On our way to the distribution points, far into the rural areas of Sindh, the devastation left behind by the floods became more and more visible. It is incredible that, two months after the flood, large parts of Sindh are still under water. Some roads are hardly accessible, which means that trucks / cars / buses / donkeys / camels get stuck in the mud and there’s chaos all over the place.
It’s almost 20:00, and I’m sitting in a tiny WFP office in Sukkur together with at least twelve WFP people. As I’m comfortably typing away amidst all my charging electrical appliances, nipping from my twentieth cup of milk with sugar and a bit of tea, WFP is still in full gear running around, calling and writing. They started their day at 08:00 and won’t go home until 22:00. UN workers work long hours, don’t see their family for months and are stationed in countries you only ever see as dots on a map. My Canadian WFP guide met a Jordan guy today who he had previously seen in Timor.
Karachi, a city of about 20 million people in the south of Pakistan, was not affected by the floods. People are talking about it and it’s obvious from the amount of humanitarian workers at the airport and hotel that something serious is going on, but in this city, they are dealing with other things. Political unrest, poverty, corruption, shootings, and terrorist bombings, to name a few. Just being here is an interesting experience; People are very friendly and willing to show you the culture and cuisine of their city.
I spent the last hour listening to one of the pilots trying (in vain) to explain to me the working of the plane and the ways of the atmosphere and I felt completely happy: Right at the start of a great and, let’s admit it, rather daunting journey that will bring me to the Sindh district in the south of Pakistan and back to Amsterdam within ten days.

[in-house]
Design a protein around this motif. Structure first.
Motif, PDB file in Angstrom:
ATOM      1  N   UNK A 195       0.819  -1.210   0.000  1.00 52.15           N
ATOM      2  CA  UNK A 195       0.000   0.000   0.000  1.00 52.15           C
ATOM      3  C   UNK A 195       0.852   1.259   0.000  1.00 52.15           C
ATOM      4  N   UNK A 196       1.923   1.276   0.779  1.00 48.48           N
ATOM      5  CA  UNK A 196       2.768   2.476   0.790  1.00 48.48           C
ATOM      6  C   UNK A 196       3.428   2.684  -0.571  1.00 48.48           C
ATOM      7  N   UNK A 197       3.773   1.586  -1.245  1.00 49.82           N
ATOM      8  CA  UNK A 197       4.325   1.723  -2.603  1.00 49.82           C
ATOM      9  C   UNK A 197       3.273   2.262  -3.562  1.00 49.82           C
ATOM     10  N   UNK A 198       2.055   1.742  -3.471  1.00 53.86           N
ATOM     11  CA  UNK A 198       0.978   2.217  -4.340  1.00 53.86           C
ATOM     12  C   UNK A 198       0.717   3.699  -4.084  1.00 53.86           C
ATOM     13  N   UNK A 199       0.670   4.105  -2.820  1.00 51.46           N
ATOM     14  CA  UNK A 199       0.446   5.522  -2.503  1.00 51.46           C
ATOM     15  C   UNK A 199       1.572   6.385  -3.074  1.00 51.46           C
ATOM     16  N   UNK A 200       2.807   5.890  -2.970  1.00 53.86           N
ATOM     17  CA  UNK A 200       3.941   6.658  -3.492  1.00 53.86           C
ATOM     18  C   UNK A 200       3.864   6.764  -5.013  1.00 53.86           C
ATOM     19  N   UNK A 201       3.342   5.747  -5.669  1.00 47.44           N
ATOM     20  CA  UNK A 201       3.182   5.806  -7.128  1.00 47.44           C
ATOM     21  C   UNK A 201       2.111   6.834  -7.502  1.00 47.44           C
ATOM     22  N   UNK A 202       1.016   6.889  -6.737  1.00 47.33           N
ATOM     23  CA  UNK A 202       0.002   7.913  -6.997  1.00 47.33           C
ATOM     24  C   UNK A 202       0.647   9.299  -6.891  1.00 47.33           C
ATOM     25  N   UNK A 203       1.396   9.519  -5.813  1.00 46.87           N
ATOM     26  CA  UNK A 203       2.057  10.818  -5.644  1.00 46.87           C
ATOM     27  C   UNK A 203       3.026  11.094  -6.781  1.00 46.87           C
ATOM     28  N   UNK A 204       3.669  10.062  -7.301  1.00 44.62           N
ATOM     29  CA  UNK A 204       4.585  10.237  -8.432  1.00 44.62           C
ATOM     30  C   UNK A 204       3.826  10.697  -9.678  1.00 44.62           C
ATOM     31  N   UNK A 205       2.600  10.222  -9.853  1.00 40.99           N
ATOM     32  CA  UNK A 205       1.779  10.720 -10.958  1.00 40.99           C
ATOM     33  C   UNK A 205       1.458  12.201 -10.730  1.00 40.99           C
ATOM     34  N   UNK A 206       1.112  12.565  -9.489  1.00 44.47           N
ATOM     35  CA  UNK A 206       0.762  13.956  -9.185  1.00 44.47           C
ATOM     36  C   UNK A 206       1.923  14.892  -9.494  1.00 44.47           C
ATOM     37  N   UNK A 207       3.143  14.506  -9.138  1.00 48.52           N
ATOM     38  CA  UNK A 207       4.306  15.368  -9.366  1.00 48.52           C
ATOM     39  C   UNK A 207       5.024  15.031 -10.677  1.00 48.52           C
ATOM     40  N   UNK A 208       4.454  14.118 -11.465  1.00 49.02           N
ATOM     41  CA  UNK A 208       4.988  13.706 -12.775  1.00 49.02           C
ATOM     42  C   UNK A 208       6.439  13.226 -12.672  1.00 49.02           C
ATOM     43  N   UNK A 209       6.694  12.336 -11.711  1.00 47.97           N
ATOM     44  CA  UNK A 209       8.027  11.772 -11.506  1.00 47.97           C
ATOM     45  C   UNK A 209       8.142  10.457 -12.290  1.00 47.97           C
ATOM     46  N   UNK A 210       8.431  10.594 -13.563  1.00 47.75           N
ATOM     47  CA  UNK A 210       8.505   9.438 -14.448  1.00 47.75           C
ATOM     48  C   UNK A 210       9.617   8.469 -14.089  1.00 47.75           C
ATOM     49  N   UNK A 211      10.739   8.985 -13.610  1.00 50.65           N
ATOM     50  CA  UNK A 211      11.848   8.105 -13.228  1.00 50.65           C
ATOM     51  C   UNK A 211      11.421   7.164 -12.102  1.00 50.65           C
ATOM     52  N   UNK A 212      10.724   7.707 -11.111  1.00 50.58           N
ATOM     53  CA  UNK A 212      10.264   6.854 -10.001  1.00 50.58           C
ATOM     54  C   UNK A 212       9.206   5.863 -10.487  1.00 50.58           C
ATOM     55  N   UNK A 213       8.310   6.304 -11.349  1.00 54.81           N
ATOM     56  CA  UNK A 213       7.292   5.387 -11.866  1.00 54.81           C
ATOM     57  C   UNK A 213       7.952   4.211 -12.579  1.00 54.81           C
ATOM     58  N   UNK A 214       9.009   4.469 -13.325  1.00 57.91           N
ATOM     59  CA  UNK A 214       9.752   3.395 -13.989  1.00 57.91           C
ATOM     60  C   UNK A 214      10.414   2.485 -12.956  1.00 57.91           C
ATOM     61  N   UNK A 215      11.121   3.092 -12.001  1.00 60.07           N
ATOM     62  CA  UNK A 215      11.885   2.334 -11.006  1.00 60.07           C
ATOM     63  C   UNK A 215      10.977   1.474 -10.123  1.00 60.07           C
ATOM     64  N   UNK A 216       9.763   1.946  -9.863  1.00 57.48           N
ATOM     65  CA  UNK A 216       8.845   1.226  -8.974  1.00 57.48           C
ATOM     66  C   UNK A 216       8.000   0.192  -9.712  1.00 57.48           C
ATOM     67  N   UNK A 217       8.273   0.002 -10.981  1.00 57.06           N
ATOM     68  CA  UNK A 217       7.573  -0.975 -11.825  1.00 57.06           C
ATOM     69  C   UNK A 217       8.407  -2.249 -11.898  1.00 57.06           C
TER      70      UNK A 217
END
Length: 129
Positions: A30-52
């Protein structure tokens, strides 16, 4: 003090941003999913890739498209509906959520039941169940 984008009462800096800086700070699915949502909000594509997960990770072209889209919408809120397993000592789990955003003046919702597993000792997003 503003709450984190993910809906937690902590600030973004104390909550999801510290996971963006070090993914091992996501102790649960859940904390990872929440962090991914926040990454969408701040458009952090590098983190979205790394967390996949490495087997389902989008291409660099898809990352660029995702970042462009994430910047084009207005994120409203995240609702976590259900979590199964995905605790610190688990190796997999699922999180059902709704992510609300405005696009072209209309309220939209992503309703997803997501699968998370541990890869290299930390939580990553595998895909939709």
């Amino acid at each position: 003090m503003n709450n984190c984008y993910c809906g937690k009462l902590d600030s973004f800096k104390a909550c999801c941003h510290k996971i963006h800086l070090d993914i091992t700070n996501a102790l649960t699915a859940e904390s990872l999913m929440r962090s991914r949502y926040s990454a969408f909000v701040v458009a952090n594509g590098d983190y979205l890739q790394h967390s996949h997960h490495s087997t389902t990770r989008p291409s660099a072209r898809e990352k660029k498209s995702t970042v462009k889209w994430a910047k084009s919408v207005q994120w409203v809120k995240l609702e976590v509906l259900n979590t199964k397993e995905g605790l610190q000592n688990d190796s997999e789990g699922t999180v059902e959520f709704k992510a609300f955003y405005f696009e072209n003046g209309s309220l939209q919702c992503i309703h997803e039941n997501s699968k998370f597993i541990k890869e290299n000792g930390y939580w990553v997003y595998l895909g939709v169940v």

Today, TNT airlifted 110 metric tonnes of food aid to Karachi to supply the Pakistani food assistance missions of the United Nations World Food Programme (WFP). This airlift supplements the facilities TNT already provides in Pakistan such as warehouse space and the necessary resources to operate these warehouses. The shipment of Plumpy’Doz, a peanut and vegetable fat supplementary food for infants that is fortified with vitamin and minerals, is enough to feed approximately 330,000 children for a week.
Tomorrow is World Food Day. From origin a day to honor the founding of the Food and Agricultural Organization of the United Nations in 1945. Tomorrow is also the day TNT will airlift a Boeing 747 to Pakistan to help WFP. The cargo of the 747 is this time different than the airlift we did for Haiti. This time no High Energy Biscuits but a "peanut paste" called Plumpy'Doz.
Last week, a selected group of employees from TNT, UPS and Agility, gathered in Miami for an intensive training about emergency response. Since two years, the three companies are joining forces during emergencies, forming Logistics Emergency Teams LETs), to support WFP in their relief operations with combined skills and resources.
We are in touch with UN WFP Head Office in Rome and they have informed us that most locations are still at security level 4, thus the logistics cluster are not activating the LET to support in their logistical operations.
We will continue to monitor the situation and will update you as and when the situation changes.
Here are some updates on the situation in Pakistan in ChannelnewsAsia website which is most update.